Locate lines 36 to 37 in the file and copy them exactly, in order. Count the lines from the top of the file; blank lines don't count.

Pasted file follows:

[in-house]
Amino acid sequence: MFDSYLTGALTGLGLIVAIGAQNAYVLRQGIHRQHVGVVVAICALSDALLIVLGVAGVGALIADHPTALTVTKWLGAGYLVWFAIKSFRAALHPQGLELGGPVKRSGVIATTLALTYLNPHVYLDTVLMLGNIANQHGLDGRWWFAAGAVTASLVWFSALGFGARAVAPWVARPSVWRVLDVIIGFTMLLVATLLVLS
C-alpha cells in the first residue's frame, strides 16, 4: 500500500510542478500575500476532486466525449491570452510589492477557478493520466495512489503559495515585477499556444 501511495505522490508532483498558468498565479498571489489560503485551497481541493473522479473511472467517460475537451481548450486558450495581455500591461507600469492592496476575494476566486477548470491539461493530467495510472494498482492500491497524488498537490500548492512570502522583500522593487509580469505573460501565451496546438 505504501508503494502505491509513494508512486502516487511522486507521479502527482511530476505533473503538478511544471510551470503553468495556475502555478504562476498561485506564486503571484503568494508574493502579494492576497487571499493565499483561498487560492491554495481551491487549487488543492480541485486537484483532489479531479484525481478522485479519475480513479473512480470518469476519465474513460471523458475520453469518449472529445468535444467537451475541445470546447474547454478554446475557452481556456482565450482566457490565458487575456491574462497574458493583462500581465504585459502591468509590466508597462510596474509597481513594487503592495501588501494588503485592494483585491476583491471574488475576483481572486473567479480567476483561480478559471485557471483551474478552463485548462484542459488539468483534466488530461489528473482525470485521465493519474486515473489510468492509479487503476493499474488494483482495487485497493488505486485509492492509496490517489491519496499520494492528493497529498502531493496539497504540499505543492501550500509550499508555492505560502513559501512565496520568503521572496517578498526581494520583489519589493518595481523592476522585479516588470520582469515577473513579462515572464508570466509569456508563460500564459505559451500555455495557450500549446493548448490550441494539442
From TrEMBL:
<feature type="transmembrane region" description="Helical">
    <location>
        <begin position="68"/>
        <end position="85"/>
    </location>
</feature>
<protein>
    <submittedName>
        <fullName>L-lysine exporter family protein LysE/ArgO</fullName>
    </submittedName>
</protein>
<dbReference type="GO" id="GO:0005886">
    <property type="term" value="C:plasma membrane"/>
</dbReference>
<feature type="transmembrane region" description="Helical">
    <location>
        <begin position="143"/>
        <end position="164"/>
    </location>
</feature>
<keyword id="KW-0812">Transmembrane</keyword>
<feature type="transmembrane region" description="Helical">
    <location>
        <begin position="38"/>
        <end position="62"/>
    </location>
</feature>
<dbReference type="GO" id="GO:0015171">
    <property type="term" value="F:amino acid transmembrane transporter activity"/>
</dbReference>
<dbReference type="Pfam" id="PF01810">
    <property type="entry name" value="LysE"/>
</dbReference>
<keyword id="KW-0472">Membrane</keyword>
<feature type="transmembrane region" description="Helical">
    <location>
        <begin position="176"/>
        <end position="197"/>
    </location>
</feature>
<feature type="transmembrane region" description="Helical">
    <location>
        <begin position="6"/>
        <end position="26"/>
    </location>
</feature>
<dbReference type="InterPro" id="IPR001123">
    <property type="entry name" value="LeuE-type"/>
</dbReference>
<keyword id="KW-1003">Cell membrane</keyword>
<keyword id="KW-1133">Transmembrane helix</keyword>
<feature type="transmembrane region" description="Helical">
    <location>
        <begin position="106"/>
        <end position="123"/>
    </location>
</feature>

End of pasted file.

    <property type="entry name" value="LysE"/>
</dbReference>